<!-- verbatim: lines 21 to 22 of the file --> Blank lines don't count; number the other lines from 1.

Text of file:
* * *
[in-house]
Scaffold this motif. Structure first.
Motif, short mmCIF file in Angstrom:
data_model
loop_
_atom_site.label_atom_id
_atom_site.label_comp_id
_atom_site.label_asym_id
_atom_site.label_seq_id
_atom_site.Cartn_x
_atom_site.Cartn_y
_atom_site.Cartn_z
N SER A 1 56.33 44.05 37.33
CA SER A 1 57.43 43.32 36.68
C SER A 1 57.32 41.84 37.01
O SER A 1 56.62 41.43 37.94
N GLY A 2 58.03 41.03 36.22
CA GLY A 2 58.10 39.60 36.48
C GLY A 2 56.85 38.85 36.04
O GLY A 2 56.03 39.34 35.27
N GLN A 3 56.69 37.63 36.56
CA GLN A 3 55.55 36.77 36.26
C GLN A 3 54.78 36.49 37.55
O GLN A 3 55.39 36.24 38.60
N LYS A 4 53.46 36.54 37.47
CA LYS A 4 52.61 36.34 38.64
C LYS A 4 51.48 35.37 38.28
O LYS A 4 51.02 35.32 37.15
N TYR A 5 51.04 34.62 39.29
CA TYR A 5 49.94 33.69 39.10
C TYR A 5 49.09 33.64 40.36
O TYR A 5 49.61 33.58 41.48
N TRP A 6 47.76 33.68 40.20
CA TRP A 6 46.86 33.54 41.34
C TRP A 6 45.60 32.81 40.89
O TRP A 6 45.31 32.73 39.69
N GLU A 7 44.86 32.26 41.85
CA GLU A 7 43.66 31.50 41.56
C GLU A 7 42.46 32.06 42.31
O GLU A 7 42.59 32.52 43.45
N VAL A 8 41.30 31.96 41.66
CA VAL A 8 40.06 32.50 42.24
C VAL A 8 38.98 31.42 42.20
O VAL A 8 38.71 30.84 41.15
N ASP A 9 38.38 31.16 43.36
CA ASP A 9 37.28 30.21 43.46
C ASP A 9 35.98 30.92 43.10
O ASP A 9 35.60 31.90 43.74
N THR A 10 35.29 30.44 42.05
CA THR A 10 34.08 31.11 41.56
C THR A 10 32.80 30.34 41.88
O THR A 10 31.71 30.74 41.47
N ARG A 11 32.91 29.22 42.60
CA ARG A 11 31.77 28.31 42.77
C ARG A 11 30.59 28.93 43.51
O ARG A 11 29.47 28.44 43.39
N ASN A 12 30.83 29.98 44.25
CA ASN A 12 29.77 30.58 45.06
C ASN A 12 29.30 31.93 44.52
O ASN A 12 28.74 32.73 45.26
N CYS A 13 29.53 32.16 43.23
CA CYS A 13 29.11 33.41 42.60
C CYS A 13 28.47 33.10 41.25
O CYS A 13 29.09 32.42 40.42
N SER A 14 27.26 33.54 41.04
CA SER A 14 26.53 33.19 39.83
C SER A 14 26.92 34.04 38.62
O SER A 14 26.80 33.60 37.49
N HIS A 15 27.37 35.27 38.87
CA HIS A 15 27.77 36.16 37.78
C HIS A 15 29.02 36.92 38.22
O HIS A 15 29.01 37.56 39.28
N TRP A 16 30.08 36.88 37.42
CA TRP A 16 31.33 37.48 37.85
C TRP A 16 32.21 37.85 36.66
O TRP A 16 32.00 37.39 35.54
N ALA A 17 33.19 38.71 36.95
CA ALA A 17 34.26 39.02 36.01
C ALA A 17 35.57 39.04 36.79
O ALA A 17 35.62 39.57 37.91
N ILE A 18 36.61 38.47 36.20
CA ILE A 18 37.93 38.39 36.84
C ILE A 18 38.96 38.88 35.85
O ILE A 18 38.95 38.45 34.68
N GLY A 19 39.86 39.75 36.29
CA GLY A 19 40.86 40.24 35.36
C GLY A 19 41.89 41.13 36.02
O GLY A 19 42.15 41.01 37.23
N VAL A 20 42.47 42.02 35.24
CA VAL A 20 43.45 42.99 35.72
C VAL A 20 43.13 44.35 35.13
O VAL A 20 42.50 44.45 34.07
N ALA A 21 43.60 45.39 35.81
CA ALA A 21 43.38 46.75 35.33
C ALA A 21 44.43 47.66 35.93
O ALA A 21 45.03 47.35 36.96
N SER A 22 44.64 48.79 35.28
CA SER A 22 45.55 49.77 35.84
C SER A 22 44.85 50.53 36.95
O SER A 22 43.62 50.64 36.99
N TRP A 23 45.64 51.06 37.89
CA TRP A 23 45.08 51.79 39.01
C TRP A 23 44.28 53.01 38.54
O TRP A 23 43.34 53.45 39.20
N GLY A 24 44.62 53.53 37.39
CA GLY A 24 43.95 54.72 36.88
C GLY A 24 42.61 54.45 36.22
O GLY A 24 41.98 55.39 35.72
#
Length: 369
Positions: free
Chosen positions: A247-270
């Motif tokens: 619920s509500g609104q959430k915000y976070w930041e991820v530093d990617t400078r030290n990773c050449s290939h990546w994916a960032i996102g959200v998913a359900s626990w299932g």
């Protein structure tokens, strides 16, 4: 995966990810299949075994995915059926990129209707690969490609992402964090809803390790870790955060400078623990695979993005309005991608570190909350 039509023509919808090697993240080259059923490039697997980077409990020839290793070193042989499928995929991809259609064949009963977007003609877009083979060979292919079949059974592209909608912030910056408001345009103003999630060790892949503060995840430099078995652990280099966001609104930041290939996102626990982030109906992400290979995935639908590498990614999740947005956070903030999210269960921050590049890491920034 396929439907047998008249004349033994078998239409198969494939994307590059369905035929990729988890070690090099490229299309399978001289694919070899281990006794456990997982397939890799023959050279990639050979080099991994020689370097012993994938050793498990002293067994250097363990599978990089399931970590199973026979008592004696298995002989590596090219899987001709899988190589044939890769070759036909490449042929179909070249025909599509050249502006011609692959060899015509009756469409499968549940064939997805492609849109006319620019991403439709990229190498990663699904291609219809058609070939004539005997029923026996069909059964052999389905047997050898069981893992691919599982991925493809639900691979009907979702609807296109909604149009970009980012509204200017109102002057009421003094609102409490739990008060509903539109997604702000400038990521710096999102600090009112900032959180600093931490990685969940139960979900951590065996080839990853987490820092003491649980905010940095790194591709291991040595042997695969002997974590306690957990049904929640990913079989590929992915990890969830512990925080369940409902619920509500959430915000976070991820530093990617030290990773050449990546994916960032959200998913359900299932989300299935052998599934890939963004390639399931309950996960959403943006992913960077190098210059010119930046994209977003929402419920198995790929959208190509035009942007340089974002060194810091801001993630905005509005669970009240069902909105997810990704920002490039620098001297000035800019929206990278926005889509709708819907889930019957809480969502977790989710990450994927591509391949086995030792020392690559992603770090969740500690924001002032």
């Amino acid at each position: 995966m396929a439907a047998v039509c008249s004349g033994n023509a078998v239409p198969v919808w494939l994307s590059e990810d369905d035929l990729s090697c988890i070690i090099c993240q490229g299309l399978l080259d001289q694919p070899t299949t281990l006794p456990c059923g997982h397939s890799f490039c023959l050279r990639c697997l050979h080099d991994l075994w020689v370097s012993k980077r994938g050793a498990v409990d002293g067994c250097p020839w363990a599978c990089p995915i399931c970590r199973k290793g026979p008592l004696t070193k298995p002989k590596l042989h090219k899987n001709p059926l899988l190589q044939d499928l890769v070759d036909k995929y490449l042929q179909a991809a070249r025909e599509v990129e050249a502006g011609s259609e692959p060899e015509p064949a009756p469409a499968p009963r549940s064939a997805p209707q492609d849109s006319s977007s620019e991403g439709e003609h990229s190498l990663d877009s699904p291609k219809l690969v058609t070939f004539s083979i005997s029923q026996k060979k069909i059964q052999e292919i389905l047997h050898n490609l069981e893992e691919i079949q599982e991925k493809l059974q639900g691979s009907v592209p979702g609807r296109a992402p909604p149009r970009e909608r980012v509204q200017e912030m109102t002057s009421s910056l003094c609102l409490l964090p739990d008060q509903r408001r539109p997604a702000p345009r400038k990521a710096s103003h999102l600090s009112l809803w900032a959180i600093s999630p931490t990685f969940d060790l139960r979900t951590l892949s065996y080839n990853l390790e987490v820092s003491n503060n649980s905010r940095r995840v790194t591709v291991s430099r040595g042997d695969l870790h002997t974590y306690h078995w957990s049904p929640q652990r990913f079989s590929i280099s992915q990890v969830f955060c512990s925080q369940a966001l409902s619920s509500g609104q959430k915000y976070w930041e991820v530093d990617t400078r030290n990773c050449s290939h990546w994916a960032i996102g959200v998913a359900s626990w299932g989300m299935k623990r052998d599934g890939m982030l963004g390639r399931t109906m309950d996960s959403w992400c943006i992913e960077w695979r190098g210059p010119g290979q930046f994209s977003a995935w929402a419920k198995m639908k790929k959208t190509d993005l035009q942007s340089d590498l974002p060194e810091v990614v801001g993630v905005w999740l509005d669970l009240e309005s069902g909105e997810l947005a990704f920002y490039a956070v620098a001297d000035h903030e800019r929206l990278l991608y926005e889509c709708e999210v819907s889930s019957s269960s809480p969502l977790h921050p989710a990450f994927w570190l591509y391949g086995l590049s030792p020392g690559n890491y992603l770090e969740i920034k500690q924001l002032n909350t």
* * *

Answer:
N GLN A 3 56.69 37.63 36.56
CA GLN A 3 55.55 36.77 36.26